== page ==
Other MS classification4 (1.23)1273 (84)

Classification of polyps according to size is shown in Table 3. Of the high confidence polyps in the MS arm, 150 (48.5%) were diminutive (5 mm or less), 60 (19.5%) were small (6-9 mm) and 99 (32%) were large (≥ 10 mm). In the NICE arm, there were 254 polyps detected with high confidence which included 127 (50%) diminutive, 42 (16.5%) small and 85 (33.5%) large polyps.

The NPV for diminutive rectosigmoid polyps were 96.6% and 95% in MS and NICE arms respectively. The calculated accuracy of post-polypectomy surveillance for MS group was 98.2% (167 out of 170) and for NICE group was 92.1% (139 out of 151).

In the MS arm, there were 20 out 309 (6.4%) high confidence polyps’ inaccuracies. Misdiagnoses which were made were as follows: MS I (3 SSA’s and 1 normal mucosa), MS II (3 normal mucosa, 1 inflammatory polyp, 1 traditional serrated adenoma, 4 tubular adenoma with high grade dysplasia, 1 tubulovillous adenoma with low grade dysplasia and 1 villous adenoma with high grade dysplasia), MS IIo (2 tubular adenoma with low grade dysplasia and 1 HP) and MS IIIa (1 tubular adenoma with low grade dysplasia and 1 villous adenoma with invasive carcinoma).

In the NICE arm, there were 18 out of 254 (7.1%) inaccuracies in high confidence polyps - NICE I (1 normal mucosa, 2 tubular adenomas with low grade dysplasia), NICE II (5 normal mucosa, 5 HPs, 1 inflammatory polyp, 1 focal colitis cystica profunda, 1 cancer) and NICE III (1 tubulovillous adenoma with high grade dysplasia).

These resulted in 10 overcalled and 5 undercalled cases on the in vivo prediction for post-polypectomy surveillance interval (Table 5).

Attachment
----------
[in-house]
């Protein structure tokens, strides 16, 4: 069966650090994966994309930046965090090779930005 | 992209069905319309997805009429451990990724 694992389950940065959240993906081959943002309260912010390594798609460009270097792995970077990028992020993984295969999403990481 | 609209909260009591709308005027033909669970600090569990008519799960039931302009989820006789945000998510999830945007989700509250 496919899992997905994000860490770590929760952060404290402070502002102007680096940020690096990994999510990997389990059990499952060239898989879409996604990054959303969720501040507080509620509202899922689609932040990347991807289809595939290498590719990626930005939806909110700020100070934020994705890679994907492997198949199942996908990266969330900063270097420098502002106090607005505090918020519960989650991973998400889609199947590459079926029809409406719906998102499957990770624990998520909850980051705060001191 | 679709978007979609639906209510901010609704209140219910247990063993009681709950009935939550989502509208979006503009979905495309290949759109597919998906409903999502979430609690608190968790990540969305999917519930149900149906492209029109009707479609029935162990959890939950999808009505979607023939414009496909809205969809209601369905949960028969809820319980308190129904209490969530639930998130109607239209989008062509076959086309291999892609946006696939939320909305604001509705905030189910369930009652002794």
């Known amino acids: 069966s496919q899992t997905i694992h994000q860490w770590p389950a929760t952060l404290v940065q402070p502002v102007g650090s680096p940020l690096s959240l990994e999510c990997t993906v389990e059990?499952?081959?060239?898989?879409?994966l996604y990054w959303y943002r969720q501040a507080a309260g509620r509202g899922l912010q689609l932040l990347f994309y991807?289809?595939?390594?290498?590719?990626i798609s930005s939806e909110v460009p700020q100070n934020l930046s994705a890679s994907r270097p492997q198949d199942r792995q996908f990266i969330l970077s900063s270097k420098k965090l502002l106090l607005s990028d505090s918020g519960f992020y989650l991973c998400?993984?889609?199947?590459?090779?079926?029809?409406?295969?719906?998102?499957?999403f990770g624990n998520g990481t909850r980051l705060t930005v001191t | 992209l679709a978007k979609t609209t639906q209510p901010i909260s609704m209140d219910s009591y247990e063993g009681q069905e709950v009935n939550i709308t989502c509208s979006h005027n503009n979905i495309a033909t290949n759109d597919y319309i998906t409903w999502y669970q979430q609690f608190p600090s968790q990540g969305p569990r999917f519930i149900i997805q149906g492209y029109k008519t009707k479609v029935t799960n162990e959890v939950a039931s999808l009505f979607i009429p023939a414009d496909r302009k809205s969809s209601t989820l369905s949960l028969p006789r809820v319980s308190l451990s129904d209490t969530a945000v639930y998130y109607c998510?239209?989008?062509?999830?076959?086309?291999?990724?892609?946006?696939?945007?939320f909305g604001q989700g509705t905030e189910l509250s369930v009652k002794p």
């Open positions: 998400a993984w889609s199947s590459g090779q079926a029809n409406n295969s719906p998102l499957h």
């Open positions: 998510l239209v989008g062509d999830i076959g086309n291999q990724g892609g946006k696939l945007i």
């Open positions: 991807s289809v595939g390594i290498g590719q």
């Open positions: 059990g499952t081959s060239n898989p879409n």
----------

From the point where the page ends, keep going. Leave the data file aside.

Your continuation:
Table 5 Results of in vivo prediction for post-polypectomy surveillance interval.
Modified Sano’sNICE
Total patients175173
Accurate167139
Overcalled128
Undercalled214
Excluded522
DISCUSSION

NBI is one of the most easily available and commonly used image-enhanced endoscopic modality. There are many NBI classifications for colorectal lesions, but only two thus far have included SSA/P separately (WASP and MS). The WASP classification was derived from NICE aiming to differentiate HP from SSA/P[18]. The classification does not address the differentiation of adenoma and invasive cancer. A simple, comprehensive and reliable classification is pivotal in clinical practice.

Hewett et al[4] has initially shown NICE subtypes 1 and 2 using non-magnified NBI. The accuracy, Sn and NPV for small colorectal polyps were 89%, 98% and 95%, respectively. The study did not include SSA/Ps. In this study, the MS classification has been proven to be more effective in differentiating neoplastic colorectal polyps (i.e., cancer or adenoma or SSA/P) from non-neoplastic polyps (i.e., inflammatory or HP) when compared to the NICE classification. This is probably attributed to the former’s design which has a sub-division for SSA/Ps. This subdivision may have given the MS classification an upper-hand over the NICE classification as some of the HP misdiagnosed by the NICE were in fact SSA/Ps.